Yahsat outlines regional growth plan

After launching its first satellite, Y1A in April, UAE satellite operator Yahsat is keen to meet with potential new customers and to generally raise awareness of its services at GITEX TECHNOLOGY WEEK.

Tags: Yahsat (www.yahsat.ae/)
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Yahsat outlines regional growth plan Yahsat launched Y1A in April 2011.
By  ITP.net Staff Writer Published  October 11, 2011

After launching its first satellite, Y1A in April, UAE satellite operator Yahsat is keen to meet with potential new customers and to generally raise awareness of its services at GITEX TECHNOLOGY WEEK.

Shawkat Ahmed, Chief Commercial Officer, Yahsat, points out that Yahsat has already launched services using Y1A, including broadcast and services for government applications. Part of the capacity on the satellite is also dedicated to offering data services in remote locations in Africa.

He adds that the C-band telecom connectivity solution, which offers the data capacity in Africa, has already been resupplied to “some prominent service providers” who offer solutions to the UN, among other end users. “Some blue chip companies are using it. A lot of the capacity is already being used,” Ahmed says.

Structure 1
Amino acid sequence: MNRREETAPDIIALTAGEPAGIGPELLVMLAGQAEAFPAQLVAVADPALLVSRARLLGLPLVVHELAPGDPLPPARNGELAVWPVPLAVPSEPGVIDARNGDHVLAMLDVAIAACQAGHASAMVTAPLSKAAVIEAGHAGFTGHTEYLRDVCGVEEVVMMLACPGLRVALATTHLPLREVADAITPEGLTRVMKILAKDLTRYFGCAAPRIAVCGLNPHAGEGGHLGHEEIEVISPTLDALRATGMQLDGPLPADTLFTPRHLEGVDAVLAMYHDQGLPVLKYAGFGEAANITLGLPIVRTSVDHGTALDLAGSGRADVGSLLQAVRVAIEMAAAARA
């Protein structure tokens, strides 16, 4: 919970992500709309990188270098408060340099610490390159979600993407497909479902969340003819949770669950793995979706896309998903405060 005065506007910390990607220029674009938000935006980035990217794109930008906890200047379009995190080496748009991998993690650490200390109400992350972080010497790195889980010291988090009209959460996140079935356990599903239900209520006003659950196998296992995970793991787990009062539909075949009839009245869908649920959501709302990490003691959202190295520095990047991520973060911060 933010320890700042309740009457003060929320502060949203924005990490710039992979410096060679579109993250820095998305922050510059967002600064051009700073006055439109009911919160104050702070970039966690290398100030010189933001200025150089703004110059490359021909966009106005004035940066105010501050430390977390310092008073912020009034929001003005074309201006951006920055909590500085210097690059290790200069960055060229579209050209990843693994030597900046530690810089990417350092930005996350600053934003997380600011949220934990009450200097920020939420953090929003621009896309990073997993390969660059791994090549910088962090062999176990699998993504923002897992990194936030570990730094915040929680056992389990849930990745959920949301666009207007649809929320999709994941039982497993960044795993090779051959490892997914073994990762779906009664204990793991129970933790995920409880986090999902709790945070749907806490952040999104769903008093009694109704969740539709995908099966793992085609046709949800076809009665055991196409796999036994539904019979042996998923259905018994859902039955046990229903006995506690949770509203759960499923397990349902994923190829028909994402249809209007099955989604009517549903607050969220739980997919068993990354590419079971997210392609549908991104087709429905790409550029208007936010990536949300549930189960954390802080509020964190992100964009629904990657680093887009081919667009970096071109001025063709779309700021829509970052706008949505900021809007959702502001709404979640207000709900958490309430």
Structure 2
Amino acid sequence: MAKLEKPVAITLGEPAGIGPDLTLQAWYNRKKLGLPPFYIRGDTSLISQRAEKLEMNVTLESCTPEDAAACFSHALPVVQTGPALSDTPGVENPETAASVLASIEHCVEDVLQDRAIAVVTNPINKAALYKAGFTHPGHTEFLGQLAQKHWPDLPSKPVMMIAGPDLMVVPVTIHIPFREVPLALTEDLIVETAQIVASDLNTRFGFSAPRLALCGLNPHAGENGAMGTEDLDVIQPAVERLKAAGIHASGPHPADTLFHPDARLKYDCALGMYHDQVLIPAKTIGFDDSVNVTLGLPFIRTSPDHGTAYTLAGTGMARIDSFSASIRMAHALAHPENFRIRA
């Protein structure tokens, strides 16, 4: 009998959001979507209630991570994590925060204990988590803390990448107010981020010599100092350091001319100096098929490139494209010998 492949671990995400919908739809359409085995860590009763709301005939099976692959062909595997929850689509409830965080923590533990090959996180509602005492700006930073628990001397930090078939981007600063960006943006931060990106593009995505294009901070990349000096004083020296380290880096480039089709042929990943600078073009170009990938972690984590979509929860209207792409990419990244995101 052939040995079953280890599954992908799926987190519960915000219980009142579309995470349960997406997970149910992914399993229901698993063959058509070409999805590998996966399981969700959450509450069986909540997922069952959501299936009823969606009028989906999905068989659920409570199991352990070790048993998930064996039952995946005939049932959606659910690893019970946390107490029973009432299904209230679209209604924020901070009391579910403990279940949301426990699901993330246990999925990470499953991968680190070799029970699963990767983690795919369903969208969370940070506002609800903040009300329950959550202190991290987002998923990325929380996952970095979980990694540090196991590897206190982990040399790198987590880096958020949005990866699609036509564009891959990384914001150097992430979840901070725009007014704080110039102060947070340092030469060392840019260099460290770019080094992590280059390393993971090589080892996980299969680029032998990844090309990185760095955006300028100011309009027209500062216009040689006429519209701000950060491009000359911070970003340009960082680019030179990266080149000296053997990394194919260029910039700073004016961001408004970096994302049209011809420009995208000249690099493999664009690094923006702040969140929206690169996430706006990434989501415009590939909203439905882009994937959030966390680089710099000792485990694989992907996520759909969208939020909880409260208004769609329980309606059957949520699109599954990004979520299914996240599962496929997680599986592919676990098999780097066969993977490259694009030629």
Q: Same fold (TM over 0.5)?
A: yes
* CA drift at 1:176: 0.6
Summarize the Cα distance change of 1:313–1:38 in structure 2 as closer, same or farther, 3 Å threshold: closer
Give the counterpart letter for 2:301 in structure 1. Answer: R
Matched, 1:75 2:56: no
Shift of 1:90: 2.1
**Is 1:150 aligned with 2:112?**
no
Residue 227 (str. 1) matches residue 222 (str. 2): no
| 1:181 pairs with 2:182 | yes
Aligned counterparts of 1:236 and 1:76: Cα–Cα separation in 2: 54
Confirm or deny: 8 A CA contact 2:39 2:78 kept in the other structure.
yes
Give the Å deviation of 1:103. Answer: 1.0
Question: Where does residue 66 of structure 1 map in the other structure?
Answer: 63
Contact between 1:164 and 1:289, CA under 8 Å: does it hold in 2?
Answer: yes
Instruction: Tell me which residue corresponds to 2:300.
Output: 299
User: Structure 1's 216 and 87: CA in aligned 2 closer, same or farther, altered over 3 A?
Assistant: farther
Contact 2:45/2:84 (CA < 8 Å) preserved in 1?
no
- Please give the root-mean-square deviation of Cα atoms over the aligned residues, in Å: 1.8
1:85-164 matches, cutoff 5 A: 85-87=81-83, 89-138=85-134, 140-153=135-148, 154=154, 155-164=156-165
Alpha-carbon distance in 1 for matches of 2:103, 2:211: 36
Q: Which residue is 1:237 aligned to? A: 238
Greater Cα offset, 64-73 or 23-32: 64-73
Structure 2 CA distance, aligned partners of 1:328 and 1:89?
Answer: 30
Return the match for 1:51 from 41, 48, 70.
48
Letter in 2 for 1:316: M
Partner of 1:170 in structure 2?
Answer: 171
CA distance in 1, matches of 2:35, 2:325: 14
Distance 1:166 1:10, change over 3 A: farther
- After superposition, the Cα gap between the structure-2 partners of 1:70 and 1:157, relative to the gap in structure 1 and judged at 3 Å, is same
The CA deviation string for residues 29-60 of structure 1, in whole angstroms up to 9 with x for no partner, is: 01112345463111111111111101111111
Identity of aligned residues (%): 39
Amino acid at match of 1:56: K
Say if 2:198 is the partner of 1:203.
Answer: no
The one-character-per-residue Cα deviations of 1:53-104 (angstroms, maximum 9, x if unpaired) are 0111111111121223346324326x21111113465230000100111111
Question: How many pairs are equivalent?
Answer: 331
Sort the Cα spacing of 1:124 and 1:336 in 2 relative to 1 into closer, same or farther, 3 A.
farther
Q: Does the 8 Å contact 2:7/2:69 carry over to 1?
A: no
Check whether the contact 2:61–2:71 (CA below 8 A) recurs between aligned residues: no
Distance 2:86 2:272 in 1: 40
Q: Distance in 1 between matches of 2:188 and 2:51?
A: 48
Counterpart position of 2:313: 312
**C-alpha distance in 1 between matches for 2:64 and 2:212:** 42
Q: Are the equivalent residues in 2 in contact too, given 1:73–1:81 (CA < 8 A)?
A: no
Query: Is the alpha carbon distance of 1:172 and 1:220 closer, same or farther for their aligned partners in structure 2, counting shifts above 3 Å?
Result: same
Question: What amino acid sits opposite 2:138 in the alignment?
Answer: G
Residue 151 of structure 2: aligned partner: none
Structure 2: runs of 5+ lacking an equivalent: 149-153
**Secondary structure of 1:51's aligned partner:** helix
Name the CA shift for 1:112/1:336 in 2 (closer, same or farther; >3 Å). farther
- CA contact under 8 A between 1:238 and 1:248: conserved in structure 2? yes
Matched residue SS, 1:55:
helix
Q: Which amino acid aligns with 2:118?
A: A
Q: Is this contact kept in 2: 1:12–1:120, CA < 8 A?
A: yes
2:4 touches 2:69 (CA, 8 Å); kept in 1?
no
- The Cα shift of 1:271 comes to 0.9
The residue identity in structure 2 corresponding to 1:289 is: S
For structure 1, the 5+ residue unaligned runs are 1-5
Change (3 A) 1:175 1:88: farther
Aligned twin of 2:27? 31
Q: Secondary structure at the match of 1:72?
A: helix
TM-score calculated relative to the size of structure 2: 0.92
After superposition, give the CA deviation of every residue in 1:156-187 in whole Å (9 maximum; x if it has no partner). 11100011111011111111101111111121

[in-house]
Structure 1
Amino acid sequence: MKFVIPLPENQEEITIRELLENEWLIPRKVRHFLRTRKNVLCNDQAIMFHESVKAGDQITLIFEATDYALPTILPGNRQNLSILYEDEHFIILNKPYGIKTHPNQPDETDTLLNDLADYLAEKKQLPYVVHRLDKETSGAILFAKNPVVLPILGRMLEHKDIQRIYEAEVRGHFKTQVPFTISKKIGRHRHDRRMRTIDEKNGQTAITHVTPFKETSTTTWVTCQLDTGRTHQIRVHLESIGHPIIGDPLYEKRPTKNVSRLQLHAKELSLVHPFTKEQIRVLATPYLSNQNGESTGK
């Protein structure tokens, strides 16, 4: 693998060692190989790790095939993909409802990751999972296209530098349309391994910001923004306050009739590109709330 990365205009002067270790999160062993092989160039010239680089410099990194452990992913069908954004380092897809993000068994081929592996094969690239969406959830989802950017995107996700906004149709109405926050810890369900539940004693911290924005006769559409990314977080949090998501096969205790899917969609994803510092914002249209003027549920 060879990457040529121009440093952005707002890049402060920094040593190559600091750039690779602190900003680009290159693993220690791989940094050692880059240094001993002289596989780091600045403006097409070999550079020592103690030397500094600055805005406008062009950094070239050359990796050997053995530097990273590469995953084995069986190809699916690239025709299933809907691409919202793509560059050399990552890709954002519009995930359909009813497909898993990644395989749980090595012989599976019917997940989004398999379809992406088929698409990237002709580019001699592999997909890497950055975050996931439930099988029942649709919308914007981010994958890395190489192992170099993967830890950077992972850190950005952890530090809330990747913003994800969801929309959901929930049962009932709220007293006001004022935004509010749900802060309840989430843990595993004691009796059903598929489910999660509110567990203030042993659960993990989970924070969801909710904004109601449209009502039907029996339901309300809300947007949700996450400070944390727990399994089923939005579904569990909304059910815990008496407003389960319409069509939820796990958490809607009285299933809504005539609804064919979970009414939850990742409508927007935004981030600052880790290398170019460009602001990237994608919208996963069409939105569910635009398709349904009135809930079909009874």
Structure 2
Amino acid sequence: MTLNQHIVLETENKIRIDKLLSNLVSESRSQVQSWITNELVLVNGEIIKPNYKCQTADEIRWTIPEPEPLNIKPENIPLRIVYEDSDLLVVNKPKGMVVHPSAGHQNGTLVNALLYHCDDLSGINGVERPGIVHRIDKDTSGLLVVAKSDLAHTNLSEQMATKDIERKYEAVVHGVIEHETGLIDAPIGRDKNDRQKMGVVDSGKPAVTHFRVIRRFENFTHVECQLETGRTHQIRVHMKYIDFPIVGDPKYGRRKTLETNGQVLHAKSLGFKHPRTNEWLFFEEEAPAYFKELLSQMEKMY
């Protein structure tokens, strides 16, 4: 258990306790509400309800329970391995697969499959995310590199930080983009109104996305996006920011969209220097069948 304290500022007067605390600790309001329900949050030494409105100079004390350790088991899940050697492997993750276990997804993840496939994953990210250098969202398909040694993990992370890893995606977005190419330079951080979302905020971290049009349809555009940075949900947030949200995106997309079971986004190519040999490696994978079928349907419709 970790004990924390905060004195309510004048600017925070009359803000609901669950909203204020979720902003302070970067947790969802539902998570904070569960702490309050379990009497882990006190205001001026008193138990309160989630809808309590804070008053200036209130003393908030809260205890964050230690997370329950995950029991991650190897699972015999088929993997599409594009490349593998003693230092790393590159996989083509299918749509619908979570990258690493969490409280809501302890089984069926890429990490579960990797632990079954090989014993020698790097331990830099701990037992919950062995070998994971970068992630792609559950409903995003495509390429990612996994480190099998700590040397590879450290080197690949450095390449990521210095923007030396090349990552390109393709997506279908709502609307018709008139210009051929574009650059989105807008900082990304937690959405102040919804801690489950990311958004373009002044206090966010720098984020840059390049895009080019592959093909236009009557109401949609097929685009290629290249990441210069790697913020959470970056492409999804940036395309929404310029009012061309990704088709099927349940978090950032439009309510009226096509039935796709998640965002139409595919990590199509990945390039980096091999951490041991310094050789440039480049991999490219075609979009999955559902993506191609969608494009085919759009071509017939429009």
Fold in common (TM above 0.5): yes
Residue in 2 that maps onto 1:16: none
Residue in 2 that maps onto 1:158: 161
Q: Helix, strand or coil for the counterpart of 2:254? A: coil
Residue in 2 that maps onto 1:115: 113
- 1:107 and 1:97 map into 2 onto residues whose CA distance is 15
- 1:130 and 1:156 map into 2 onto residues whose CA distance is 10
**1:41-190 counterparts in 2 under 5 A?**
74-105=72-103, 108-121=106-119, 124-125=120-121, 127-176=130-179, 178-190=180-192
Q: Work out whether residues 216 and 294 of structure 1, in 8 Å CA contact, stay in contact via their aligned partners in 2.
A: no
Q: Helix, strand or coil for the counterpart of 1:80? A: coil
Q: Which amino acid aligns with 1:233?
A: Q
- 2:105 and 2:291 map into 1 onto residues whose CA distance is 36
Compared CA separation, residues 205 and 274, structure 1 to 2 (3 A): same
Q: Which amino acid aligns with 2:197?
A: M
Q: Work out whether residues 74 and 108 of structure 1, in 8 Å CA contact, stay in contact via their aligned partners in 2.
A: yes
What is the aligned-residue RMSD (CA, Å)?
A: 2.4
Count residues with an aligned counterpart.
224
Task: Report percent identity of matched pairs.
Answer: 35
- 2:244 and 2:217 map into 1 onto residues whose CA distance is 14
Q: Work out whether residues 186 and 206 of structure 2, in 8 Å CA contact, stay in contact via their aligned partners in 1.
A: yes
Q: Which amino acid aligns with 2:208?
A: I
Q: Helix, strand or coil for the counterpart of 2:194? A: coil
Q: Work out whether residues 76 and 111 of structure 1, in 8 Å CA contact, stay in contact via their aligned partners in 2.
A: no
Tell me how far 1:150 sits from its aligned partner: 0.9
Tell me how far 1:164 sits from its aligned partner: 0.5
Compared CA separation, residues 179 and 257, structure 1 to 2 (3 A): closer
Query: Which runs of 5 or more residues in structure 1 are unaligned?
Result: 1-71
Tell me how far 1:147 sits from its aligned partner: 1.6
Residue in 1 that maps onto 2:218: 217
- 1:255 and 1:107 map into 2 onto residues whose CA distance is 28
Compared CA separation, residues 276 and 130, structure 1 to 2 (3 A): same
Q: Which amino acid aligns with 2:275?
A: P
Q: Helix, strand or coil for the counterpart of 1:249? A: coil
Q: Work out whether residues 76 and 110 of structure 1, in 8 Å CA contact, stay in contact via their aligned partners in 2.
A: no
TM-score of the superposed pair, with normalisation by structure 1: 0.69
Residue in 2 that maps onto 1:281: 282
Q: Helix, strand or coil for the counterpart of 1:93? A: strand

Speaking about the data solution, Ahmed adds: “The network is quite fast because we have a powerful beam which offers unique coverage area so we connect all the major teleports, all the major offices of companies in Europe and the Middle East to Africa. It’s very cost-effective because you can use the same beam.”

Yahsat is now poised to launch its second satellite, 1B, which is due to be launched in the first quarter of 2012. Once 1B is launched and operational, Yahsat intends to introduce a bundled data service for Africa and Middle East, according to Ahmed.

“We will be the first company to offer bundled satellite broadband solutions with pricing and user-experience similar to DSL broadband services. With the launch of Y1B, Yahsat will be able to offer comprehensive broadcast and data services across 27 countries.

Ahmed says that the data solutions will be particularly important for countries in Africa and Central Asia where many rural areas lack any telecoms infrastructure. “Broadband penetration is less than 5% in many of these areas. It is difficult for telecom operators to invest in broadband infrastructure because of the return on investment and difficulties deploying infrastructure,” he says.

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